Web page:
The Higher Grounds family

The Higher Grounds family includes, from left, Dianna Cameron, Shane Cameron, Evan Vega and Dani Kahn.

Evan Vega presides over the coffee roasting machine at Higher Grounds Roastery and Café in Gilbert. His quest: to provide fresh, roasted coffee that balances consistency, value and quality. 

The self-taught roaster spends an average of 15 hours per week roasting, blending and prepping, working with eight to 10 green bean origins that are blended for the various beverage offerings. 

“My time spent roasting depends the most on our weekly consumption rates. Since we sell coffee by the cup, but also offer retail and wholesale bags of pounds, this rate can vary wildly based on demand,” Vega said.

The casual, industrial-chic venue offers coffee and hearty breakfast and lunch fare. Because it seats just 28, including in the pet-friendly patio, online ordering is also offered. 

HG Roastery sells more than 200 cups of coffee daily, both hot and cold brews. Despite the customer service consuming a lot of time, it’s important to keep the coffee as fresh as possible. Hence, Vega roasts coffee three to four times a week, mostly roasting in the evenings after the doors are closed for the day.

Vega’s mom, Dianna Cameron, established the business in 2013, drawing from her experience in her hometown in Orange County, California, where her family ran a sandwich shop, as well as her formal culinary education. 

“I had gone to culinary school and then earned a degree in hospitality management seven years earlier and knew it was time. Working in the corporate world left me wanting something different,” she said.

Cameron persuaded her sons, Evan and Shane, to join her. Dani Kahn, Vega’s wife, also joined in.

“I am very glad I made the decision to start my own business and have had a lot of ups and downs, but would do it again in a heartbeat,” Cameron said.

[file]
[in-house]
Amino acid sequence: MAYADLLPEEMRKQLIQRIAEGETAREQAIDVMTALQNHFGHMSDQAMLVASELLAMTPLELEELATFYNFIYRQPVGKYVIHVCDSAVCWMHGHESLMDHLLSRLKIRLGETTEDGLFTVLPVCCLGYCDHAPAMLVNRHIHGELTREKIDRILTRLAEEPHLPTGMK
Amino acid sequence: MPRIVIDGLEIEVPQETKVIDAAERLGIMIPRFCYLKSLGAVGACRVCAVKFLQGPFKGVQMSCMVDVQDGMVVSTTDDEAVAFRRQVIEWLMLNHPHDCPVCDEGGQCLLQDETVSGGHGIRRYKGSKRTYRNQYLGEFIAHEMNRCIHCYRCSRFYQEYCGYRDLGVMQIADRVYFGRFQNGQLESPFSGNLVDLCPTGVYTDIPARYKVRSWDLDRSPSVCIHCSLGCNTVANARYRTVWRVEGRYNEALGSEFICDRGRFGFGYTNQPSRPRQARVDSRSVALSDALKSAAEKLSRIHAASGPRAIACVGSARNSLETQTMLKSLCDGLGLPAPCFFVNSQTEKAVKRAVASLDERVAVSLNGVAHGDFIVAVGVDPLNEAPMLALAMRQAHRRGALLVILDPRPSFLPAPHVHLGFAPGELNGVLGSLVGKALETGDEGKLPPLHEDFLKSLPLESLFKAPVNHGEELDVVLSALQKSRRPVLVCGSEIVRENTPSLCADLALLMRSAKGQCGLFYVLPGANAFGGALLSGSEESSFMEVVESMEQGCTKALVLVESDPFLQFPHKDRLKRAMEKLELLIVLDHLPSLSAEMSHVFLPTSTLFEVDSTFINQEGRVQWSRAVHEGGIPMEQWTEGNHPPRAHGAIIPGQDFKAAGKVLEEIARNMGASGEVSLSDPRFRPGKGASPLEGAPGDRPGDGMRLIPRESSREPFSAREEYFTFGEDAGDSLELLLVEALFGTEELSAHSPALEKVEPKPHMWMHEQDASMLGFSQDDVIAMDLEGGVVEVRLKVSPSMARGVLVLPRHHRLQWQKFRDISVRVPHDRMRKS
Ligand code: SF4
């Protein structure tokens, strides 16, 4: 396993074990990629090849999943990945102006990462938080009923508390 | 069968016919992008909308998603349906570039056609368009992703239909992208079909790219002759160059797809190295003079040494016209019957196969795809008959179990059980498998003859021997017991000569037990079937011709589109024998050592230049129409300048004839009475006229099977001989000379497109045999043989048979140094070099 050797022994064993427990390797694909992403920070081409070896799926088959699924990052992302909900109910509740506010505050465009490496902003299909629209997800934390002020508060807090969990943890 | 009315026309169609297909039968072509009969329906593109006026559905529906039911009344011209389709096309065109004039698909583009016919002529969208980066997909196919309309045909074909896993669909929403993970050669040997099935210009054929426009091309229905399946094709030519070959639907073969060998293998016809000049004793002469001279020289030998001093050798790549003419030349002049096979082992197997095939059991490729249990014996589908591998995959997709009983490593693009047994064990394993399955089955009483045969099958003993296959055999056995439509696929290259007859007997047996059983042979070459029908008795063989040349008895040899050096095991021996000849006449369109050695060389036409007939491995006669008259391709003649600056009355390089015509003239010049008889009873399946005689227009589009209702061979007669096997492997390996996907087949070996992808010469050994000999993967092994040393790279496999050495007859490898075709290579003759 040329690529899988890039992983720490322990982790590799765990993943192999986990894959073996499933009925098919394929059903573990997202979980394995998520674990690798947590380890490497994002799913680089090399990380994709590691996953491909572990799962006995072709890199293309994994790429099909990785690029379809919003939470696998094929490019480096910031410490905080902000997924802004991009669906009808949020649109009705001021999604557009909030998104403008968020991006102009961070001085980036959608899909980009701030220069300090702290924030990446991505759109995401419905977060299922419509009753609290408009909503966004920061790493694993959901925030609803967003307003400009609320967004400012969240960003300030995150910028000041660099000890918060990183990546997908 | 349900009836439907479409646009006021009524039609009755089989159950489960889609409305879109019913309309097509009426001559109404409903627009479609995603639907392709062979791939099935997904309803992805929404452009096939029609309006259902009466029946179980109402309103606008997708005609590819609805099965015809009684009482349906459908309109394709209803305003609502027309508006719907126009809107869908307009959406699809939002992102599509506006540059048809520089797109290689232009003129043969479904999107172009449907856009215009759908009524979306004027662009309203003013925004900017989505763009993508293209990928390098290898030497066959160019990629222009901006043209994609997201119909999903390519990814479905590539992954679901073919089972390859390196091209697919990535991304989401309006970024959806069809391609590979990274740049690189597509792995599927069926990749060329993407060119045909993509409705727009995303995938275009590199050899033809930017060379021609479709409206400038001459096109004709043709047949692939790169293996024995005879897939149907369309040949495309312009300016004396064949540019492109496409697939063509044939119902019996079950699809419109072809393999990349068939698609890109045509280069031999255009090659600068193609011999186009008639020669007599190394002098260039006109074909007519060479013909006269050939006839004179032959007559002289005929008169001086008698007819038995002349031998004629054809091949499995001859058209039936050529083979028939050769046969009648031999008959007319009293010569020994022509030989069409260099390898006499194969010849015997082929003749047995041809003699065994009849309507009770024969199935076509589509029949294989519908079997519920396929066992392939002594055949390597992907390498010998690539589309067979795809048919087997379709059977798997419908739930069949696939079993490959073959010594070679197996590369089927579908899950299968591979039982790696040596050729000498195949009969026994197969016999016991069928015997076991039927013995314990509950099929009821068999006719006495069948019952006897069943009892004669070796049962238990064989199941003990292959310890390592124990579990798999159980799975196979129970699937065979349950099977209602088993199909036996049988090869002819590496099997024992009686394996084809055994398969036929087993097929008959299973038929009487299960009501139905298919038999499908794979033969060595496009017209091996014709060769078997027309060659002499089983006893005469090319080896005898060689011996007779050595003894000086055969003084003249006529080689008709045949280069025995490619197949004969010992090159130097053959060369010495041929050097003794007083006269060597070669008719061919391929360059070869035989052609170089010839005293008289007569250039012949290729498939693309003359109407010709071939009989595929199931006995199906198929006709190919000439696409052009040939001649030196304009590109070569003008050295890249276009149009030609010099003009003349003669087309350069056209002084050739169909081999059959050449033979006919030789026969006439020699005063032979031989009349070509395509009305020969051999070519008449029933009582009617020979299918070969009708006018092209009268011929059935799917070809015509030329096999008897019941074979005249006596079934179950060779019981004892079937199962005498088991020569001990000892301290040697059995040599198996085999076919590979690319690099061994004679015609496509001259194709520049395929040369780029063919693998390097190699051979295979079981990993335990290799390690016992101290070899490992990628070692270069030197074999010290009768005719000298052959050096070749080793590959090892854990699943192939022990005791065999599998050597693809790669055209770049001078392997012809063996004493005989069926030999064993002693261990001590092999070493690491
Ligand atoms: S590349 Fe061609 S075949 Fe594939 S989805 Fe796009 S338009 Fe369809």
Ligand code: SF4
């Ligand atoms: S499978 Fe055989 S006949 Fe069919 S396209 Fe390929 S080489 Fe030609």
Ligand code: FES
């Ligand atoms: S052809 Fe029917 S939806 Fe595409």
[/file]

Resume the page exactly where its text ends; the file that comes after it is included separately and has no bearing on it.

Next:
With Cameron’s help, Vega and Kahn have opened another location in Superstition Ranch Farmers Market in Apache Junction. 

Besides the family members, the Gilbert store employs about 10 staffers, mostly students, while the Apache Junction store employs just two. 

“I call myself the coffee addict,” said Kahn, who helps train the baristas, bakes the breakfast pastries and handles public relations and marketing, which includes maintaining its social media accounts. “It’s over 40 hours, especially now with the second shop opening.”

In its ninth year, a coffee shop that has withstood the test of time must have special qualities to it. 

“I think, part of the specialness of our coffee shop is that we locally roast our coffee,” Kahn said. “Another part of our draw is I believe that people like the family atmosphere.”

Cameron works six days a week, cooking and interacting with her guests, which she deems “extremely important.”

“I love the early mornings as I am able to chat with regulars a bit more than later. I am currently the full-time cook. We cannot seem to find anyone who wants to cook right now,” she said.

Running a small business is challenging. Adequate and qualified staffing is one of the main difficulties.

“We don’t really have entry-level positions as each position requires individuals that can work both independently and as a team but also need to have the ability to multitask.  We get a lot of people that want to come work with us having never had a job before and it’s pretty intimidating,” Cameron said. “It’s not to say we haven’t hired anyone with no experience but a lot of them do not tend to last.”

“It is probably one of the most difficult things I’ve ever done,” Kahn conceded.

To her, quality control is another reason for the challenge.

“In that sense, the reason why it’s so challenging is because it’s a product that we all can be proud of. The family can agree that we really like to have ownership over what we produce for our community and what we can give to people,” Kahn said. 

The roastery obtains Fair Trade coffee beans from the Southern Hemisphere’s bean belt countries such as Brazil, Columbia, Costa Rica, India and Indonesia.

“We look for good batches and get large bags shipped in from either the farms or from other green bean distributors that are in the area,” Kahn said.

Then, Vega takes over.

“Roasting is a practice that I would say can be easy to learn, but difficult to master,” he said. “Similar to baking, temperature control will determine how well the roaster’s heat is distributed throughout each bean. It takes some trial and error to determine what the best heat application and airflow is for each variable.” 

Higher Grounds Roastery and Café is located at 2556 S. Val Vista Drive.

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